One can argue that few industries have “suffered” more under central planning than billionaire hedge fund managers. It is no secret to regular readers that over the past decade, hedge funds have not only underperformed the market, but had as a group failed to generate “alpha” since 2011.
As we have shown year after year, the centrally-planned “New Paranormal” has been a disaster for traditional alpha generation, since with all conventional, fundamental-analysis relationships flipped upside down thanks to central banks (which as BofA calculated earlier have purchased some $1.7 trillion in assets in 2017 alone, in addition to roughly $18 trillion since Lehman) the only way to generate outsized returns for one’s investors (and one’s offshore bank account) was to be massively levered beta, or merely wrong. Back in April, none other than Goldman confirmed as much when it found that QE “triggered the onset of active’s run of underperformance.”
That underperformance, however, came to an end in late 2016 and early 2017, as a result of two things: a huge clustering by the marquee investors in a small group of (mostly tech) stocks, a surge in gross leverage to record highs, boosting returns, and a collapse in short positions.
According to the latest Hedge Fund Tracker forecast released by Goldman overnight following the just concluded 13F season, the bank calculates looking at 803 hedge funds with $1.9 trillion in gross positions, that the average equity hedge fund has posted a 7% YTD return, “benefiting from large allocations to growth stocks and the Info Tech sector despite low volatility and dispersion.”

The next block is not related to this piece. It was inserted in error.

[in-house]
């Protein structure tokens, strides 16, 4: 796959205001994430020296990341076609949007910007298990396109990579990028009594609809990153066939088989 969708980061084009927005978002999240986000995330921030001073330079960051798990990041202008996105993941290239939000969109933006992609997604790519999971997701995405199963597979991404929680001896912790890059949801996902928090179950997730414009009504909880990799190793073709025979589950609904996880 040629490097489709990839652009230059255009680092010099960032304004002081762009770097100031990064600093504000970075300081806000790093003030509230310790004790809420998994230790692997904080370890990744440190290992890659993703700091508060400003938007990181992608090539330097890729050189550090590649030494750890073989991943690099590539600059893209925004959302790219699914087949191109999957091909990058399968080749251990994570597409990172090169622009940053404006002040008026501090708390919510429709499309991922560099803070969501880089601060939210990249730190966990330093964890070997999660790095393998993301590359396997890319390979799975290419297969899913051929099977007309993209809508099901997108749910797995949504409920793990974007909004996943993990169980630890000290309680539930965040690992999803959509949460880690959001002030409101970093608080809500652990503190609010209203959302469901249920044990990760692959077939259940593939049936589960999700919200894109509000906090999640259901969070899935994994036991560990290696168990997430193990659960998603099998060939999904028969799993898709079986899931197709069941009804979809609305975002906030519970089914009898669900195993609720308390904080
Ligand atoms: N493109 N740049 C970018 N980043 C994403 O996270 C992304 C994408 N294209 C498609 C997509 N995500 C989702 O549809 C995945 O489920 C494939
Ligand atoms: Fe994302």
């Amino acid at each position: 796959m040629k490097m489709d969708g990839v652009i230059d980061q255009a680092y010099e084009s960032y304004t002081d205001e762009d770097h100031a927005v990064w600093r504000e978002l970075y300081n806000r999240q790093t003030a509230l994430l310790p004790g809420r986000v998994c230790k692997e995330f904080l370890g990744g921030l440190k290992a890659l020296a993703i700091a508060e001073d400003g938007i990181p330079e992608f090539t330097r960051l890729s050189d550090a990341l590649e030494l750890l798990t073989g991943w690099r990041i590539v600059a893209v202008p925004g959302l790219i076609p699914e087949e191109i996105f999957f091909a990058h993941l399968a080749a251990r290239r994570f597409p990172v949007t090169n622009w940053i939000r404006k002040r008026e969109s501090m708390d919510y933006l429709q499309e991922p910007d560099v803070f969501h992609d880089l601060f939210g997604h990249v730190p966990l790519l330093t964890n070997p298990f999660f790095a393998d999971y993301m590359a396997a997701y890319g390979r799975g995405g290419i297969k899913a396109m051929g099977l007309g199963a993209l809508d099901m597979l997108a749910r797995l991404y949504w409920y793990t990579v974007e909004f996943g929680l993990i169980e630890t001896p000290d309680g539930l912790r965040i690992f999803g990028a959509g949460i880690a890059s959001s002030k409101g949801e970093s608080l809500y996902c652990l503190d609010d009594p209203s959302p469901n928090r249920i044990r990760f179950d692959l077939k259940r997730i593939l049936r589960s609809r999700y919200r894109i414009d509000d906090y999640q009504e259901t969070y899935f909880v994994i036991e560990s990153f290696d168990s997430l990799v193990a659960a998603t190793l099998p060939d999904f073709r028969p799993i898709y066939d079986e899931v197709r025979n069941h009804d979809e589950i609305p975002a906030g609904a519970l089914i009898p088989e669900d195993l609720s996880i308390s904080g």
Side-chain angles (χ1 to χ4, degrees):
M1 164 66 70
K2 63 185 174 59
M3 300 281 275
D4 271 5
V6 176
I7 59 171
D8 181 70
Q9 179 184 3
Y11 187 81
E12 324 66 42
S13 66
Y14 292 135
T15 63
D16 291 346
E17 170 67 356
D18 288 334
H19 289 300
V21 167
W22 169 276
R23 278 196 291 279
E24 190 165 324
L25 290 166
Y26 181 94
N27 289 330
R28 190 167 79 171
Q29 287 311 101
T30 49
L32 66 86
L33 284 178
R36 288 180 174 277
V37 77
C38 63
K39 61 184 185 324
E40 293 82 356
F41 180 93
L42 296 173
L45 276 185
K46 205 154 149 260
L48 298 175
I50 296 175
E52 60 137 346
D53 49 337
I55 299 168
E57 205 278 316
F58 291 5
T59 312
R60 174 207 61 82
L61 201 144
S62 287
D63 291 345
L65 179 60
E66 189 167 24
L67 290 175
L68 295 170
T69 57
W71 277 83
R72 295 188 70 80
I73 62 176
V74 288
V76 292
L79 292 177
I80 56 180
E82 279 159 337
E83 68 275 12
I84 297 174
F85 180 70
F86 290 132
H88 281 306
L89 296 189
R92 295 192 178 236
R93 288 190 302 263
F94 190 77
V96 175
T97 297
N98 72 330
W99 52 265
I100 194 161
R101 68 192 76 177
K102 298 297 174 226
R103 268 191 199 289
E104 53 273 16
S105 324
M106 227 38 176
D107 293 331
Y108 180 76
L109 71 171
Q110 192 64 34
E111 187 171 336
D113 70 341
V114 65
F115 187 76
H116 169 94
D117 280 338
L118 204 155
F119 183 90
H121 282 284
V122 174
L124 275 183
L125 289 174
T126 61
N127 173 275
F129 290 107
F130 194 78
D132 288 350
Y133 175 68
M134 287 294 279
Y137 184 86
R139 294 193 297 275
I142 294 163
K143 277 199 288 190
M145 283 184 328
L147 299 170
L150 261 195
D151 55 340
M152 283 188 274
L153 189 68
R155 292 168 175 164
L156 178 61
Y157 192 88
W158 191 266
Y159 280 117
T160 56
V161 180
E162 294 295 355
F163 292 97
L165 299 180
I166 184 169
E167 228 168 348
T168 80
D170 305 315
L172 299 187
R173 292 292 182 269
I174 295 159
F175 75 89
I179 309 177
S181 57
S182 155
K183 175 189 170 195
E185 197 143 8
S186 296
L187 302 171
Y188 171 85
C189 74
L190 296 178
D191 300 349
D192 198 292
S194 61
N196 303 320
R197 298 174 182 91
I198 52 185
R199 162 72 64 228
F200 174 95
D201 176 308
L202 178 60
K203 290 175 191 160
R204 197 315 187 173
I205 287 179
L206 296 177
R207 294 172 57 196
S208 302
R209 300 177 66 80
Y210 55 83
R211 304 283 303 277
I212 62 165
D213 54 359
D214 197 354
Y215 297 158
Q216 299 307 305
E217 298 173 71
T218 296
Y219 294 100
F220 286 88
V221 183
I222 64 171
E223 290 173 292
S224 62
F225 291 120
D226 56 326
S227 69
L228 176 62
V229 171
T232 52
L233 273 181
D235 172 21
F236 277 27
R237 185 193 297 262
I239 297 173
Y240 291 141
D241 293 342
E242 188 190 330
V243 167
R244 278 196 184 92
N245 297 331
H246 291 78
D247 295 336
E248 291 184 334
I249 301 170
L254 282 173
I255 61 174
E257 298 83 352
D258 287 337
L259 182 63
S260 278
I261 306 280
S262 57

And yet, despite its “best” half-year performance in years, the average equity hedge fund not only can not outperform the S&P, but is lagging by nearly 50% as the chart below shows. Worse, all hedge funds have returned just 4% YTD, massively underperforming the average plain vanilla mutual fund, whose YTD 10% return crushes the so-called “smart money.” As for macro hedge funds with their -1% YTD return, well that’s why the entire industry is being redeemed into oblivion.
That said, after years of missing out on the S&P rally – carefully micromanaged by every single central bank in the world whose employees have become Chief Risk Officers for the world’s stock indices – hedge fund LPs will be delighted even with a modest underperformance to benchmarks. And for that they have to thank a small group of shares, also known as the Goldman Hedge Fund VIP basket:
Our Hedge Fund VIP list of the most popular long positions, which includes most of the “FANG” and “BAT” stocks, has outperformed the S&P 500 by 725 bp YTD (19% vs. 12%). With strong returns so far this year, elevated valuations and policy uncertainty have driven funds to trim net exposures even as short interest remains low.
As Goldman adds, after lagging in late 2015 and early 2016, the bank’s Hedge Fund VIP basket soared to close the performance gap with the broad market. The basket of most popular hedge fund long positions suffered its worst historical underperformance vs. the S&P 500 in late 2015 and 1H 2016 (-17% vs. -3%), following a series of spectacular pharma and healthcare blowups, first and foremost by Bill Ackman’s investment in Valeant, which single-handedly crushed the performance of ever Pershing Square idea dinner participant for years. Since the start of 2H 2016, however, the basket has rallied back to outperform the S&P 500 by 19 percentage points (+45% vs. +26%).